“Well would you want to buy an umbrella from him?” he asked.

“Of course,” I grinned, “he’s passionate!”

I was in.

Suddenly I was talking to people . . . and (more importantly) seeing food!

Grand Central Station was a warm haven in the rain, and I started to dry off as I wandered through the market centre, looking at the fish, vegetables, fruits, chocolate and baked goods. When I headed back to my hostel that night, I was shocked by how many shops had names that included the words organic, natural, farm-fresh, healthy and gourmet, all of them with fruits and veggies arranged outside.

I prowled through shop after shop, wanting to buy everything. It was only after I’d chosen some salads and yoghurt that I realised I didn’t have any cutlery.

I stayed in the shop where I’d just bought the yoghurt, looking for spoons. There were beautiful sets of five stainless-steel teaspoons for $12, or fifty plastic spoons for $5. $12 was a bit steep for me, but I really didn’t want to buy 50 spoons . . .

I took the escalator to the basement, where two staff members leaned on the plastic cutlery display and chatted. I looked around them.

“Can I help you?” the girl asked.

“I’m just seeing what cutlery you have,” I said as my eyes scanned the numbers on the packets. The lowest seemed to be 25. “I just need one spoon.”

“Oh, go to the deli, Ricardo can give you a spoon,” the guy said.

“Really? Thank you!” I smiled and followed his gestures to the deli.

“Yo, Ricardo!” he shouted across the store. “Boss, would you get this young lady a spoon please, boss?”

Ricardo lifted his head from behind the deli as I arrived, looking suspiciously like he’d been having a nap under the counter. “What?” he looked at me groggily.

“I said would you mind getting this young lady a spoon, if it so pleases you boss sir!”

“Here you go, darling,” Ricardo handed me a spoon with a smile.

After this, New York started growing on me.

I loved ‘suggested price’ ticketing. At the Natural History museum, the ticket kiosk said $16.95 for general admission, and then said if I’d like to pay less I could go to the ticket counters.

Times Square

So I went to the ticket counter and asked, “so, how does the suggested admission work?”

“You can pay whatever you want,” the girl said.

“Oh, okay. So I could pay, like, $5?” I asked tentatively, not sure if I’d get away with it.

“Sure, $5 please,” she handed me a ticket!

I visited Times Square, which was an explosion of neon lights and activity – advertising everywhere, hawkers trying to sell tickets to comedy shows, yellow taxis, tourists, and M&Ms world – exactly what I’d imagined New York would be.


But my favourite place was Chelsea. I went there to see the Chelsea Market – a warehouse of stores connected by exposed brick tunnels, selling food, coffee and wine, with a busker playing an electric cello next to a fountain/waterfall walled in brick and lit in neon purple. Afterwards I wandered around the area, and there I was enchanted by how quiet it was rather than disturbed. Rows of specialty stores lined small streets, along with ethnic restaurants and delis. Apparently art dealers migrated here from Soho in the 1990s, transforming the industrial warehouses into galleries, and now Chelsea is home to 300 galleries, mostly along 10th and 11th avenues. I liked how the factory grit met the boutique glamour – ground floor shops elegant fronts with large windows of goodies on display, while the buildings themselves were stained with smoke and had rusty fire-escapes zigzagging from the ground to the sky.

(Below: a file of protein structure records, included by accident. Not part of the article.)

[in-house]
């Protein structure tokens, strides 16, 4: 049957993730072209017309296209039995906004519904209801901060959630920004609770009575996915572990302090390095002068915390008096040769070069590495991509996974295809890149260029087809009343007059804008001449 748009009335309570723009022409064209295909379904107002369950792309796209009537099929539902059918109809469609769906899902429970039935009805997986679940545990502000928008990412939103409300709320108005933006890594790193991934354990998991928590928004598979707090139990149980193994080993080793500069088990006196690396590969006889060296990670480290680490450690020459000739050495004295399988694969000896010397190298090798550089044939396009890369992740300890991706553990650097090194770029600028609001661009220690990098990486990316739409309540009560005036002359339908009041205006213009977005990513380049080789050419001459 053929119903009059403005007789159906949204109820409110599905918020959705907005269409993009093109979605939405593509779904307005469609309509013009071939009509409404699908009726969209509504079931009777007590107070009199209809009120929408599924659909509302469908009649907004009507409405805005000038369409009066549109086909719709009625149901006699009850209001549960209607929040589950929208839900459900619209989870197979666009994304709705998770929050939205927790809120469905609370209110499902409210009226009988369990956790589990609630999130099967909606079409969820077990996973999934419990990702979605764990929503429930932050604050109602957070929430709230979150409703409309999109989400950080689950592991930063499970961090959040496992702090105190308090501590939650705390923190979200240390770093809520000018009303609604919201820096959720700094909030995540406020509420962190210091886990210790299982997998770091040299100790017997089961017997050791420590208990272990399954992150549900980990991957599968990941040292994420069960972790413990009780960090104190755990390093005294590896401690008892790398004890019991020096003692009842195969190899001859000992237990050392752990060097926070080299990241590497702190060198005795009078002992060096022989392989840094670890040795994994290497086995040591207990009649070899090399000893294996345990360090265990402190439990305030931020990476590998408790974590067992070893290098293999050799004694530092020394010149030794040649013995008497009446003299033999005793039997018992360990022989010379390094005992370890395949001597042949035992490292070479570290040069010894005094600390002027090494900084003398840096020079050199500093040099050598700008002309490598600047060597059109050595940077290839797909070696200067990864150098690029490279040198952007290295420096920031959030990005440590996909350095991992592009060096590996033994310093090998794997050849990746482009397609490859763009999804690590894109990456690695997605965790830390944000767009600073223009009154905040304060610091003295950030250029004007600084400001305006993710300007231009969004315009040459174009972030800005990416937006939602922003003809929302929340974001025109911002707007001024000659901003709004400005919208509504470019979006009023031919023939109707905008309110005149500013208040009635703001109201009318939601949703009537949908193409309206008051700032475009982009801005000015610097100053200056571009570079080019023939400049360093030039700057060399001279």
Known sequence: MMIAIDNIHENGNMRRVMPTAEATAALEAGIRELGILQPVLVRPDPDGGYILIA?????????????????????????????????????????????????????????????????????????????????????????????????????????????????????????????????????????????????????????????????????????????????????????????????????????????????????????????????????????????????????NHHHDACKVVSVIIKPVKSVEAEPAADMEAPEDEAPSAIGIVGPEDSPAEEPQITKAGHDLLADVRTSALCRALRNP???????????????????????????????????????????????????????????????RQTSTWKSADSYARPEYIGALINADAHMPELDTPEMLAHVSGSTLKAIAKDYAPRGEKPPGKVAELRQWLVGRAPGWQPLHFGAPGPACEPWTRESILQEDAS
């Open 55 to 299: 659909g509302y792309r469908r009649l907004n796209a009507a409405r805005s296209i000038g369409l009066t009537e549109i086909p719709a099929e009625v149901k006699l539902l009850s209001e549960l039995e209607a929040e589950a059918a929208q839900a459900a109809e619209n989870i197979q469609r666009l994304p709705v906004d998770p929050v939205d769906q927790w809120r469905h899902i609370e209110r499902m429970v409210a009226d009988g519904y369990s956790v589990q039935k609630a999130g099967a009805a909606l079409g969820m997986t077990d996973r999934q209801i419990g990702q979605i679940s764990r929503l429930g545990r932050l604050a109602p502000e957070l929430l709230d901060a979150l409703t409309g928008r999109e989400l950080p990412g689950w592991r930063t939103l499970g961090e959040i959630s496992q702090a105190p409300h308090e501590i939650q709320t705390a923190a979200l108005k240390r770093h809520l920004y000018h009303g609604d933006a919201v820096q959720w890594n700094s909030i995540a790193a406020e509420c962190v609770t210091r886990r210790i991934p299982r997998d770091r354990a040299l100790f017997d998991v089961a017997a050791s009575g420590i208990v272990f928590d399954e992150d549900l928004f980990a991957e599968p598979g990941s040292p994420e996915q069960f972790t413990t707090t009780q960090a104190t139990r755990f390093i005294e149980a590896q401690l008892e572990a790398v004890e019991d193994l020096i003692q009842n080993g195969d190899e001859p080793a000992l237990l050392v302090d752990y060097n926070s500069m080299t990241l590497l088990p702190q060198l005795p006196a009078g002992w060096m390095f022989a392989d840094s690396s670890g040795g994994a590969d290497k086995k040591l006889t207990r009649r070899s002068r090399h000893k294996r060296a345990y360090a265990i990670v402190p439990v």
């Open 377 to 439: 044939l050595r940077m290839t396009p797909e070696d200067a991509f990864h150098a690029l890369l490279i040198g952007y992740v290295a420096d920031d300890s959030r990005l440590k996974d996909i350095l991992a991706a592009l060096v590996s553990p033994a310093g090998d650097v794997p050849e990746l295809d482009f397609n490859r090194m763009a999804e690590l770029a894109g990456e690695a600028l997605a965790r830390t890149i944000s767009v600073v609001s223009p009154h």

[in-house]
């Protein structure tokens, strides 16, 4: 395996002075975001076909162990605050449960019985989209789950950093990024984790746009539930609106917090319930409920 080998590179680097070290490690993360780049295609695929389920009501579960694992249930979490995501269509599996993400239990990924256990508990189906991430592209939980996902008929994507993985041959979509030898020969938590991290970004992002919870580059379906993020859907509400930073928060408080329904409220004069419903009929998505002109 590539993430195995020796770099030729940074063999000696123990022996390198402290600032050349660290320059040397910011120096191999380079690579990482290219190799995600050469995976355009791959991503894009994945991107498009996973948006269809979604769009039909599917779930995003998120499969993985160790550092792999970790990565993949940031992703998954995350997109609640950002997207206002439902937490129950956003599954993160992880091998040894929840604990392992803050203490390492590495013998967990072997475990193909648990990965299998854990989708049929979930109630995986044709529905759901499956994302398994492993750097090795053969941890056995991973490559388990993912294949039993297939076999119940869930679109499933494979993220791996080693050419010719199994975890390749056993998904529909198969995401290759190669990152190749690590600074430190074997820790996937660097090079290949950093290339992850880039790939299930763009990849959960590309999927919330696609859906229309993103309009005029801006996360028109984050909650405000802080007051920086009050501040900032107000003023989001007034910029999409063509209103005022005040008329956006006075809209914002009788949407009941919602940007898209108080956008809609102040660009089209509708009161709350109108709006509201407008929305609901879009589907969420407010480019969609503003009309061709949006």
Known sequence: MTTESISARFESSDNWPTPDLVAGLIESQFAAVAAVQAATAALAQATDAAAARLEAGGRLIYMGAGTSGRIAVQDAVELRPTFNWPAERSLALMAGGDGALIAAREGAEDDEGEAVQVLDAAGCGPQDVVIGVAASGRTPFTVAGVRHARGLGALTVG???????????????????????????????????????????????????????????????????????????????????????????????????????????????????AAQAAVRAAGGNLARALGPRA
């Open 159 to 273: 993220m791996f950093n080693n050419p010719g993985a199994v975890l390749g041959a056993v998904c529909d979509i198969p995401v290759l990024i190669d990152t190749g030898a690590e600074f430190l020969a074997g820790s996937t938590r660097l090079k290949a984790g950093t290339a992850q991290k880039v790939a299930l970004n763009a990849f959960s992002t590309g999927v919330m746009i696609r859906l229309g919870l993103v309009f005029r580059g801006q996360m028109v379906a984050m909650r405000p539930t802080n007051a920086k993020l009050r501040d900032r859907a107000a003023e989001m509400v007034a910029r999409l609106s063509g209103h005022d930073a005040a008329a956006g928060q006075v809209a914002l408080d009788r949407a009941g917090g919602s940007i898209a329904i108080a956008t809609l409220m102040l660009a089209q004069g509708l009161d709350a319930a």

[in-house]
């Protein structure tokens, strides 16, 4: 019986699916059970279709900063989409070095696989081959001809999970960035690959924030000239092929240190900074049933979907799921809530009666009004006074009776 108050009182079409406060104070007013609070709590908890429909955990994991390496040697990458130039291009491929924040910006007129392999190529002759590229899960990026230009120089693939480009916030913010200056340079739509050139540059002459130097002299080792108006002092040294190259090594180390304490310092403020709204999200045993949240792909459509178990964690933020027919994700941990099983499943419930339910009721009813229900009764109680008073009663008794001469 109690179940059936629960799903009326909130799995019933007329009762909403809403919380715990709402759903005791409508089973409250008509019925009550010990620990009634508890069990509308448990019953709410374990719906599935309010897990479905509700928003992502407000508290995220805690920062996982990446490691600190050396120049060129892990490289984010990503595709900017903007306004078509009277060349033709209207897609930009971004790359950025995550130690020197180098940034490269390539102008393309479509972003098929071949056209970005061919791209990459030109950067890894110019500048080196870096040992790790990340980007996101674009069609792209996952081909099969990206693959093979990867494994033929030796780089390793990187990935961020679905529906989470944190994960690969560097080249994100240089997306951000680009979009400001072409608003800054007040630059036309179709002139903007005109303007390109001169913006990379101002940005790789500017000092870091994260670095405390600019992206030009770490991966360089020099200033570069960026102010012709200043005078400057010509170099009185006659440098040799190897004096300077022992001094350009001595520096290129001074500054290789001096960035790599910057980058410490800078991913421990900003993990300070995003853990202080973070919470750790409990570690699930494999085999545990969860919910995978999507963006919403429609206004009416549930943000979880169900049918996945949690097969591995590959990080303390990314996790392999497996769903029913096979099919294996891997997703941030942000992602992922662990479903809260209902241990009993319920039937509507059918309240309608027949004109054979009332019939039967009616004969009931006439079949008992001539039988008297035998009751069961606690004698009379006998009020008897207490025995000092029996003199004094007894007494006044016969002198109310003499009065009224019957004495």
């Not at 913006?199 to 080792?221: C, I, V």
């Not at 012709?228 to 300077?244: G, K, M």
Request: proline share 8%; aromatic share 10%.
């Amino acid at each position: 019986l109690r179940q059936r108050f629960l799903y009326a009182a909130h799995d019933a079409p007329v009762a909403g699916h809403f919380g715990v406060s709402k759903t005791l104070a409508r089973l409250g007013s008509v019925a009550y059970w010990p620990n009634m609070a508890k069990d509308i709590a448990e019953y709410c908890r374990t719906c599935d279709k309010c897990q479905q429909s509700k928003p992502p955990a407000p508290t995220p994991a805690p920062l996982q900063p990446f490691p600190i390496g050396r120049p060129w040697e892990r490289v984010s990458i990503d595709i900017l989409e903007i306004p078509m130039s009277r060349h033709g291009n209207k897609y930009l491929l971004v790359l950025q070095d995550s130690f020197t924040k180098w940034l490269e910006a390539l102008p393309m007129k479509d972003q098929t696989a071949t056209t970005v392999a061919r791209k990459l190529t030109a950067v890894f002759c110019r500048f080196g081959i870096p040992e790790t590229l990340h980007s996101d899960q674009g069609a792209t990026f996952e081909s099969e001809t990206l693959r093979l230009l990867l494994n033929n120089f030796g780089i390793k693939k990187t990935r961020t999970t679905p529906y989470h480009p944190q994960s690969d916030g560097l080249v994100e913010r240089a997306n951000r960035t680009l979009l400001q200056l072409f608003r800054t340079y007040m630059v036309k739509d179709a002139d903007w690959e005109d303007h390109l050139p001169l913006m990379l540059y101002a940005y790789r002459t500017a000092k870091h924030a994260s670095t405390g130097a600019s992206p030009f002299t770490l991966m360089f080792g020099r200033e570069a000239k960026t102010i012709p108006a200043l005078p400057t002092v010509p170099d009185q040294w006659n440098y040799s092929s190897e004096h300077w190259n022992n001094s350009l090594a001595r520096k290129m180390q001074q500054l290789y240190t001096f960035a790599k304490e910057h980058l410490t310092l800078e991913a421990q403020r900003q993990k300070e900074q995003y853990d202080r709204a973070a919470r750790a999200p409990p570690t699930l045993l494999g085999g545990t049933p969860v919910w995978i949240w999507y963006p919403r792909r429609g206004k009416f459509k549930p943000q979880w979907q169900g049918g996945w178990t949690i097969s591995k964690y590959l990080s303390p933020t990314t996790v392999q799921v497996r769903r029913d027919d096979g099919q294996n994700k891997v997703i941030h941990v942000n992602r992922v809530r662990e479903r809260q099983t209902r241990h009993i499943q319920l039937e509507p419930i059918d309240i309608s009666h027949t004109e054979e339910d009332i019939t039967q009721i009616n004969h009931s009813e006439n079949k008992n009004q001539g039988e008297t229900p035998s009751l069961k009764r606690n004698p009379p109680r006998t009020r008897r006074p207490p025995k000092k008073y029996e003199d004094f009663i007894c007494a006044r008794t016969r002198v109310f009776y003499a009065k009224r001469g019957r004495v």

It’s strange when you consider that I was looking for the busy, glamorous city from The Devil Wears Prada and Sex and the City, that the part I really fell for was nothing like it.

Ode to Madrid

Street in Madrid

I love Madrid.

I love the bright pink and yellow buildings. I love how much everything east of Puerto de Sol reminded me of Paris, yet the wide main roads and squares make it easier to breathe. I love the concrete squares that dot the city, even though they felt like frypans in once the mercury hit 30ºC.

I love that the graffiti seems to be restricted the metal roller doors in front of shops, so it completely disappears in business hours, and then transforms the streets at night.

Paris in Madrid

Plaza Mayor

I love the beautiful designs on the tiled street signs.

Palacio Real

I loved my hostel – Musas Residence, with dorm rooms and ensuites that seemed more like apartments than a backpacker’s squat. And I loved their free sangria night (what did you expect? I’m an Aussie!).

I loved Plaza Mayor and the mosaics on the buildings.

I loved the Templo de Debod – a genuine second century Egyptian temple transported to one of Madrid’s gardens. I loved Plaza de España, with market stalls under little white marquees selling clothes, accessories, souvenirs and other knick-knacks.

I loved Gran Via, a big shopping street that leads from Plaza de España to another palace . . .

Templo de Debod

dedicated to the post office. And I loved the cheaper, grungier shopping streets that turned south off Gran Via.

I loved Mercado de San Miguel, one of the oldest covered markets in Madrid. The original metal construction now has glass walls and the rather posh market has bars selling sangria filled with freshly chopped apples and oranges. Other bars sell delicatessen products, tapas, fruit, cheese and baked goods, and they surround café-like benches that run down the centre of the hall.